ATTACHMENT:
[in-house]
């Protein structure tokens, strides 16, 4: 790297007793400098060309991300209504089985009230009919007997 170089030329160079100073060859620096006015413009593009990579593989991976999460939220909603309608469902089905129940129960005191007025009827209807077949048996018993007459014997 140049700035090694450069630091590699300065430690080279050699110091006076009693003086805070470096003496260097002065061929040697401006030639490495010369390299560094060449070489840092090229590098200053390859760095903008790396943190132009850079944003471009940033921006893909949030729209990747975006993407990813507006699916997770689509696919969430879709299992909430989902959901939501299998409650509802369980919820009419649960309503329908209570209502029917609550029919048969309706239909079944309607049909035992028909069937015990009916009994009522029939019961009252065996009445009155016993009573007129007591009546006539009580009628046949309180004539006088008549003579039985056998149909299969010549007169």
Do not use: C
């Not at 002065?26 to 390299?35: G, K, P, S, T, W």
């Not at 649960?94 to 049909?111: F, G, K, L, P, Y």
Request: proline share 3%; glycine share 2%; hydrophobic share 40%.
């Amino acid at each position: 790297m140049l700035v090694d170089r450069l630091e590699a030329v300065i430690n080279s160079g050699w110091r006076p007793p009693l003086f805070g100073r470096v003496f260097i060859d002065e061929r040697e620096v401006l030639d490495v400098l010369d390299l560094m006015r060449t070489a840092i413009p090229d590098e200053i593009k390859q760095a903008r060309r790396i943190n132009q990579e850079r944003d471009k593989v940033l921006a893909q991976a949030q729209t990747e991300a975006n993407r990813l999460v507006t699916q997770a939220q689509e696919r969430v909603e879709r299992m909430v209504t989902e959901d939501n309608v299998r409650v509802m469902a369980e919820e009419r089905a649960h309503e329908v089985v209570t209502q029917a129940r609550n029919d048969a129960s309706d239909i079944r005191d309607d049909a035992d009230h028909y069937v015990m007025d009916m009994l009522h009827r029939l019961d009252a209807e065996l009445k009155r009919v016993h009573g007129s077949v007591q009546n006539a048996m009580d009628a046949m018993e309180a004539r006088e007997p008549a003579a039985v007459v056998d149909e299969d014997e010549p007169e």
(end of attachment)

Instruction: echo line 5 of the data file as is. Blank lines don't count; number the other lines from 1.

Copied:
């Not at 649960?94 to 049909?111: F, G, K, L, P, Y």